Agency: European Commission | Branch: FP7 | Program: CP-TP | Phase: KBBE.2011.2.3-04 | Award Amount: 8.03M | Year: 2012
The SATIN project has been devised to develop food products produced by novel food processing that control satiety through modification of food structure. To achieve this the SATIN project will: 1. Integrate advanced technologies to screen novel food structures through in vitro models to isolate and refine products according to their satiating potential. 2. Develop novel food processing technologies that combine active ingredients and change food structure to produce a range of novel satiety enhancing ingredients. 3. Produce finished foods products that pass through safety analysis, early sensory evaluation and consumer testing. 4. Demonstrate the effects of prototype products on biomarkers of satiety and on nutrient bioavailability using in vivo studies and validating new in vivo approaches. 5. Demonstrate the effects of final foods products on within-meal satiation, post-meal satiety and / or reduced appetite and biomarkers of satiety. 6. Demonstrate the enduring effects of individual food products on satiety and their potential to induce weight loss. 7. Demonstrate the long-term consumer and health benefits of adhering to a diet containing satiety enhancing products. 8. Validate health claim endpoints and commercialise technologies and products. The SATIN consortium consists of 7 SMEs and 4 commercial partners ensuring that advanced technologies developed to process and screen novel food products are applied to the food industry and improve European economic competitiveness. The safety and efficacy of products developed will be rigorously examined by 7 leading international academic research teams ensuring consumers will have new high quality processed foods to help them achieve a balanced diet.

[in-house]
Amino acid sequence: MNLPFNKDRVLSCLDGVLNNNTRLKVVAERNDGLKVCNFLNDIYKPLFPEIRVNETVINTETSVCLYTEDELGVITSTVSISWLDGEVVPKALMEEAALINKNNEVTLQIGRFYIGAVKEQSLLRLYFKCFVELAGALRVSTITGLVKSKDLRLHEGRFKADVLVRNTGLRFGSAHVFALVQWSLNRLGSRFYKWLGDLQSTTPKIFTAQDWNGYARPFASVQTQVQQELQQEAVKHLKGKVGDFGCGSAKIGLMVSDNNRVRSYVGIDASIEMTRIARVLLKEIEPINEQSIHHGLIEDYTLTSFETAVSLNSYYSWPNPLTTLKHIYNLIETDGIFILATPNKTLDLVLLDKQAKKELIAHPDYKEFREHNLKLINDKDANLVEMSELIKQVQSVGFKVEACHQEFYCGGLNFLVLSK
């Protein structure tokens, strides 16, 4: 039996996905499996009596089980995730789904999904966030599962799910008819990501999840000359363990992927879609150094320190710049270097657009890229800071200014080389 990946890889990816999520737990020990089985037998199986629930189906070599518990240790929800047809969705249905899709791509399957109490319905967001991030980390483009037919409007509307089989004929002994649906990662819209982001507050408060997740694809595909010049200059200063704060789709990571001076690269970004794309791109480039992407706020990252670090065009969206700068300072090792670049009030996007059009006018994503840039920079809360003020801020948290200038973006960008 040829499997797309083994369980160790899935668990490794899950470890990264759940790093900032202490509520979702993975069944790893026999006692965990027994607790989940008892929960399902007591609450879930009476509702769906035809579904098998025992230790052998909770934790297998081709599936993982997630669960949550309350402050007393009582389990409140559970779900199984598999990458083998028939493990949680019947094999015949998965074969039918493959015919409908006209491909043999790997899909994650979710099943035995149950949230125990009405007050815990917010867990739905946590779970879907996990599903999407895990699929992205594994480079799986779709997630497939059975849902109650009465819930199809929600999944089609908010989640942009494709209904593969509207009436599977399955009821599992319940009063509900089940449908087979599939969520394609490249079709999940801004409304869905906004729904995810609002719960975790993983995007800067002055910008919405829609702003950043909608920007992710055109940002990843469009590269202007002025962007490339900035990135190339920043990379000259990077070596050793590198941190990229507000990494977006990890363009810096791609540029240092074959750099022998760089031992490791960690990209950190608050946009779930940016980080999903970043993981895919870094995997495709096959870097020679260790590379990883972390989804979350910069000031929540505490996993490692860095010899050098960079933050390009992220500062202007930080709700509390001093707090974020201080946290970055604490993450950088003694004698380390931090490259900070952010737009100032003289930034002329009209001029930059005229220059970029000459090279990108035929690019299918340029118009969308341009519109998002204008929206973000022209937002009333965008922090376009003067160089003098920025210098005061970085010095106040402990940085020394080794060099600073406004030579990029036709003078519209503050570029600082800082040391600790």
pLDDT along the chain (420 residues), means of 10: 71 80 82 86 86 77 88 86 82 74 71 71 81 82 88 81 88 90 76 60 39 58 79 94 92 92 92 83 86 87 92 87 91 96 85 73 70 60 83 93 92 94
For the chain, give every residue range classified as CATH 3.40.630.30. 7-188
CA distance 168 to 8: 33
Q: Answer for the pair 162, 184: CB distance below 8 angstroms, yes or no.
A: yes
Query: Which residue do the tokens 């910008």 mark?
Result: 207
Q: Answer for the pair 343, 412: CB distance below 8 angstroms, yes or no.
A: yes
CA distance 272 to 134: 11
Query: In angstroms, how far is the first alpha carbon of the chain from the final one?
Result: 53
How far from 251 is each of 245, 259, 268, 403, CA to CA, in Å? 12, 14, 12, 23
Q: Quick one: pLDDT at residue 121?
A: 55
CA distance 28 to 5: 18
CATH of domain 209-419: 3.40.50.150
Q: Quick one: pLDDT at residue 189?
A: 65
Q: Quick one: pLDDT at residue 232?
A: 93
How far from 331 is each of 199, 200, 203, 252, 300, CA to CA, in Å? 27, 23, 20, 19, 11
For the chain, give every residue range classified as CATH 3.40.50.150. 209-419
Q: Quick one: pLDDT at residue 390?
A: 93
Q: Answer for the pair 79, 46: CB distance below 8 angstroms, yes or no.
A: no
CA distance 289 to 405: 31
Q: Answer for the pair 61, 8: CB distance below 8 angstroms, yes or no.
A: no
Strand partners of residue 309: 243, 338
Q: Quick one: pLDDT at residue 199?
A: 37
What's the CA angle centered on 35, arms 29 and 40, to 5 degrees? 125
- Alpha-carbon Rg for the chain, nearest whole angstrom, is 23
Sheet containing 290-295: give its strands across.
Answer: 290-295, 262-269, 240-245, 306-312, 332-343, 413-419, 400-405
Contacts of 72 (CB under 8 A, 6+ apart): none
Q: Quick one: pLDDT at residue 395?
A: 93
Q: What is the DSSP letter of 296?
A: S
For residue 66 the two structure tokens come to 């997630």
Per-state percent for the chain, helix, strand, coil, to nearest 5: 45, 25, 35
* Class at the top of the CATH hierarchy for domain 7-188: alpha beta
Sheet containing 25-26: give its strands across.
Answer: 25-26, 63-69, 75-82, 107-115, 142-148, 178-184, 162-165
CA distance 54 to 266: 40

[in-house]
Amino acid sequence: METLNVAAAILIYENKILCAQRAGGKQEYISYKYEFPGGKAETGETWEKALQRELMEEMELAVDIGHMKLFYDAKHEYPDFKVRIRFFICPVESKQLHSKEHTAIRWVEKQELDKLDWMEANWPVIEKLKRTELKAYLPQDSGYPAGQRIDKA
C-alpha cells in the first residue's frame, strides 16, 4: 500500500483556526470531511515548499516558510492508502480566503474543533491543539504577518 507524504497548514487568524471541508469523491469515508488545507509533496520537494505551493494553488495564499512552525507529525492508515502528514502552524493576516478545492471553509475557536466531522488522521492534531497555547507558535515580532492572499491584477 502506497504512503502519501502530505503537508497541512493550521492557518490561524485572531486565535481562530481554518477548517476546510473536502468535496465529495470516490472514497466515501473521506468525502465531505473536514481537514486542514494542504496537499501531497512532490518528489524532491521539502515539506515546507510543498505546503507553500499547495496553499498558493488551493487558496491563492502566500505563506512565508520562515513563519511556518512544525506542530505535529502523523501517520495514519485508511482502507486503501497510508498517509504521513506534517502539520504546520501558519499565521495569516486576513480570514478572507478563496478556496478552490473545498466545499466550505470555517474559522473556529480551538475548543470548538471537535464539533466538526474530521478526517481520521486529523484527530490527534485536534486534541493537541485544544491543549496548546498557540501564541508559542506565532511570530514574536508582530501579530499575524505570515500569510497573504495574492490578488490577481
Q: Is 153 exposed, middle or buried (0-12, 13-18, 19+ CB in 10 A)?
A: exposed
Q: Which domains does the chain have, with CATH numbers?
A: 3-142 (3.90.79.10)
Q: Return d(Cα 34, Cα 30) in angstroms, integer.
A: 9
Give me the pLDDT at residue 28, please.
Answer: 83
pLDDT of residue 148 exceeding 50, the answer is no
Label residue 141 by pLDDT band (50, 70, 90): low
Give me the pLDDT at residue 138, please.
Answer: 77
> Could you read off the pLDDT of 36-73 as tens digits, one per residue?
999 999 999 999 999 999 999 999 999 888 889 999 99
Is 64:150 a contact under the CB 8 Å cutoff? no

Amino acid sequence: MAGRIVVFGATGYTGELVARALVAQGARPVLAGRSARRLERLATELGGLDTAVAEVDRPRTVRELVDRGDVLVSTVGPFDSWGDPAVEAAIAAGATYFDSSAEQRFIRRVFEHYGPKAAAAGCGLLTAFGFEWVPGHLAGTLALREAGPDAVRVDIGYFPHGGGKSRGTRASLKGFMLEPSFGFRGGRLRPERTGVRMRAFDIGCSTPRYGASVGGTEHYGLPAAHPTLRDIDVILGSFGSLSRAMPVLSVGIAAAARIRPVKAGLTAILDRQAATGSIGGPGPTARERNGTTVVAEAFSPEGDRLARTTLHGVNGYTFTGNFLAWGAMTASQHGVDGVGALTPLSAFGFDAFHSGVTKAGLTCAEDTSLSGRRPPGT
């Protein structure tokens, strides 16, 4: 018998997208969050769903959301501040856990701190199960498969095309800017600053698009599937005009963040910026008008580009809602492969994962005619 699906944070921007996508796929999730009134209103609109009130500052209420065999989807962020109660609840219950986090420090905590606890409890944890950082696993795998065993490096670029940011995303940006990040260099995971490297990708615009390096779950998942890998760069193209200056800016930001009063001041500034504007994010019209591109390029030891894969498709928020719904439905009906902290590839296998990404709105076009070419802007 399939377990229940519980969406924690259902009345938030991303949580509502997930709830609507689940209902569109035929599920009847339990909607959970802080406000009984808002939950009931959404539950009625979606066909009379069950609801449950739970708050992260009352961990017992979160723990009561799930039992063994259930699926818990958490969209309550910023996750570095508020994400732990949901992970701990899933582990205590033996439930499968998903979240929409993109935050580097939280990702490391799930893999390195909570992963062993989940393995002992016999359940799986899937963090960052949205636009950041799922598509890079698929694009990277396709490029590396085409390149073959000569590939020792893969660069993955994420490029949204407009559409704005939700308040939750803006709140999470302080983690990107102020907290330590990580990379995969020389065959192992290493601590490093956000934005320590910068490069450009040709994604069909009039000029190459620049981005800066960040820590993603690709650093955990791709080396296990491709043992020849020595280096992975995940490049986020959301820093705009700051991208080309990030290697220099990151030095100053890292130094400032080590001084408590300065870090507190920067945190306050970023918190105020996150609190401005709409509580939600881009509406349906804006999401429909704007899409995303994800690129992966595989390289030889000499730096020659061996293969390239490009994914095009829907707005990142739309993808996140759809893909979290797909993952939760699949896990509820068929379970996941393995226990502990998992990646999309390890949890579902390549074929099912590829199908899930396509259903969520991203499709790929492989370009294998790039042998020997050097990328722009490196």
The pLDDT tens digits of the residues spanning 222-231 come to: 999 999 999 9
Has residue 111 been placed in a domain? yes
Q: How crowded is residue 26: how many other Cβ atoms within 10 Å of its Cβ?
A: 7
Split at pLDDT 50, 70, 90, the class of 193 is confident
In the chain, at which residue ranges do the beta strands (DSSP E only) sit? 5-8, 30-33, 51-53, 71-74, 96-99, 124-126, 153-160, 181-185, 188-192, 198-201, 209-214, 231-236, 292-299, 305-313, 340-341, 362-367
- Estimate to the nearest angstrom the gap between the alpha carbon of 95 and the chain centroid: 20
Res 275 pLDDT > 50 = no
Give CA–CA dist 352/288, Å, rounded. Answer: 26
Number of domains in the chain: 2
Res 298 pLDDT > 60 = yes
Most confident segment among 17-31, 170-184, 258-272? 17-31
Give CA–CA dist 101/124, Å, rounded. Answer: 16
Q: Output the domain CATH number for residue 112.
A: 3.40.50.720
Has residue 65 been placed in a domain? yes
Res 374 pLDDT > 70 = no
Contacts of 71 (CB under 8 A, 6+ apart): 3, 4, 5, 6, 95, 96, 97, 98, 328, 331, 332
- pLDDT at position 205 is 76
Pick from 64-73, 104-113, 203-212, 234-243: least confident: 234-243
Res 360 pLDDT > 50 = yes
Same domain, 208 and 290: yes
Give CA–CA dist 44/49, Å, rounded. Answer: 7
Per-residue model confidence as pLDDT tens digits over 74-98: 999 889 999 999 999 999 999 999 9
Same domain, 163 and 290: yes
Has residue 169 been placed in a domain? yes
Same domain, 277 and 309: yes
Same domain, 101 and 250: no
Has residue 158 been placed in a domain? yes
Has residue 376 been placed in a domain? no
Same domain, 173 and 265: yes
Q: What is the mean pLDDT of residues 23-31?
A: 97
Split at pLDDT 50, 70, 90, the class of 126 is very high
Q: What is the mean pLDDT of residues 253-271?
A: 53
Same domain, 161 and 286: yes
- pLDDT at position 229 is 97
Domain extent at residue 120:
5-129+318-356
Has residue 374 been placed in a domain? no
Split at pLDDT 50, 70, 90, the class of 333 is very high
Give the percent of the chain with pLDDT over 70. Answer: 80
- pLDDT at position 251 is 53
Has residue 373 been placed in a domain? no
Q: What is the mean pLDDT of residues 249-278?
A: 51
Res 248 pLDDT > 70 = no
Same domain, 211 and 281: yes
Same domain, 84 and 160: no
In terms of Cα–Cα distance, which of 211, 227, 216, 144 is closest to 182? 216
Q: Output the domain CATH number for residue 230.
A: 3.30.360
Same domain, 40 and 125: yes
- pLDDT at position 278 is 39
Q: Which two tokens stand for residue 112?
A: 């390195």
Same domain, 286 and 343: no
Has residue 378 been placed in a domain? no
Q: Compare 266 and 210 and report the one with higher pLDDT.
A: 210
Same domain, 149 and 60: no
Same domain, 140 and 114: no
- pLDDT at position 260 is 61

Marzorati M.,Ghent University |
Verhelst A.,ProDigest |
Luta G.,Mannatech Inc |
Sinnott R.,Mannatech Inc |
And 3 more authors.
International Journal of Food Microbiology | Year: 2010
The use of prebiotics is a possible strategy to manage and steer the complex gut microbial community towards a health-promoting composition (Gastrointestinal Resource Management). In this study, the Simulator of the Human Intestinal Microbial Ecosystem was used to investigate the effects of two commercially-available plant polysaccharide supplements on the structure, composition and metabolism of an in vitro cultured colon microbial community.Microbial analyses showed both a bifidogenic (up to +. 1.3. log cfu/mL) and a lactobacillogenic (up to +. 0.9 log. cfu/mL) effect during treatment with the dietary supplements. Quantitative PCR confirmed that the increase of Bifidobacteria spp. was statistically significant (P<0.05) in all of the colon compartments and showed a significant increase of the bacteroides-prevotella group concentration (+. 0.6. log cells/ml) in the compartment simulating the proximal colon. Denaturant gradient gel electrophoresis analyses and a relative ecological interpretation, in combination with sugar and short-chain fatty acids quantification, provided evidence of a positive effect of both the tested products. Overall, the treatment period was associated with (i) good and selective fermentability of the polysaccharide supplements along the entire colon; (ii) positive and selective bifidogenic effect; (iii) the possibility of enhancing species belonging to Bacteroidetes, a phylum recently associated with body weight management. © 2010 Elsevier B.V.